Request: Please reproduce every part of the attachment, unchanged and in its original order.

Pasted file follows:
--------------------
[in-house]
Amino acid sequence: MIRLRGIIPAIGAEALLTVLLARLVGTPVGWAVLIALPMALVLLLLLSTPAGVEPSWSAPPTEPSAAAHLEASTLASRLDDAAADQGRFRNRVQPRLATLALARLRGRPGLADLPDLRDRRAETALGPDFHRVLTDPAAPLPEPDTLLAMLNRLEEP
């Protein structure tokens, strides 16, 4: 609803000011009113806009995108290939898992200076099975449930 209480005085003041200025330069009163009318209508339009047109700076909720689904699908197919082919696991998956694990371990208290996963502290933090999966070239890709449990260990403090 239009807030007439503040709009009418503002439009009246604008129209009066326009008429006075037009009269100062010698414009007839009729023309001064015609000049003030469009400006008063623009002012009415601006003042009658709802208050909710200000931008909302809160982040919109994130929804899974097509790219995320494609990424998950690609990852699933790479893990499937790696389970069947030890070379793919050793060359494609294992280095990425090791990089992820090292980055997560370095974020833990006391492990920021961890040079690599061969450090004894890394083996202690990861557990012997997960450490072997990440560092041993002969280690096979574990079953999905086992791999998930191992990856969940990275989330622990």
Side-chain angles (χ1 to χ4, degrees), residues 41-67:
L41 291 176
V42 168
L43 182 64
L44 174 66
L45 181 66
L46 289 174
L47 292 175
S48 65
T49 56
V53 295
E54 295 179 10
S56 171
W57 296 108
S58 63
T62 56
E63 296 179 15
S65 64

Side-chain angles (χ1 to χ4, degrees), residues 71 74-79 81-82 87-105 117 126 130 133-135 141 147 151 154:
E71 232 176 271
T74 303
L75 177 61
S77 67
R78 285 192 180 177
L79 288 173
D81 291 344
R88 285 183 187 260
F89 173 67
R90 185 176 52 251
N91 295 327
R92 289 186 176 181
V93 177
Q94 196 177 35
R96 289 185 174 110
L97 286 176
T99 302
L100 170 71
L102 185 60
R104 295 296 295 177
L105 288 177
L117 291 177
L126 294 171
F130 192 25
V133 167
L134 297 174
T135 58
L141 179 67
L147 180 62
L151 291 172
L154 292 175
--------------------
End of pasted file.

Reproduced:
[in-house]
Amino acid sequence: MIRLRGIIPAIGAEALLTVLLARLVGTPVGWAVLIALPMALVLLLLLSTPAGVEPSWSAPPTEPSAAAHLEASTLASRLDDAAADQGRFRNRVQPRLATLALARLRGRPGLADLPDLRDRRAETALGPDFHRVLTDPAAPLPEPDTLLAMLNRLEEP
């Protein structure tokens, strides 16, 4: 609803000011009113806009995108290939898992200076099975449930 209480005085003041200025330069009163009318209508339009047109700076909720689904699908197919082919696991998956694990371990208290996963502290933090999966070239890709449990260990403090 239009807030007439503040709009009418503002439009009246604008129209009066326009008429006075037009009269100062010698414009007839009729023309001064015609000049003030469009400006008063623009002012009415601006003042009658709802208050909710200000931008909302809160982040919109994130929804899974097509790219995320494609990424998950690609990852699933790479893990499937790696389970069947030890070379793919050793060359494609294992280095990425090791990089992820090292980055997560370095974020833990006391492990920021961890040079690599061969450090004894890394083996202690990861557990012997997960450490072997990440560092041993002969280690096979574990079953999905086992791999998930191992990856969940990275989330622990």
Side-chain angles (χ1 to χ4, degrees), residues 41-67:
L41 291 176
V42 168
L43 182 64
L44 174 66
L45 181 66
L46 289 174
L47 292 175
S48 65
T49 56
V53 295
E54 295 179 10
S56 171
W57 296 108
S58 63
T62 56
E63 296 179 15
S65 64

Side-chain angles (χ1 to χ4, degrees), residues 71 74-79 81-82 87-105 117 126 130 133-135 141 147 151 154:
E71 232 176 271
T74 303
L75 177 61
S77 67
R78 285 192 180 177
L79 288 173
D81 291 344
R88 285 183 187 260
F89 173 67
R90 185 176 52 251
N91 295 327
R92 289 186 176 181
V93 177
Q94 196 177 35
R96 289 185 174 110
L97 286 176
T99 302
L100 170 71
L102 185 60
R104 295 296 295 177
L105 288 177
L117 291 177
L126 294 171
F130 192 25
V133 167
L134 297 174
T135 58
L141 179 67
L147 180 62
L151 291 172
L154 292 175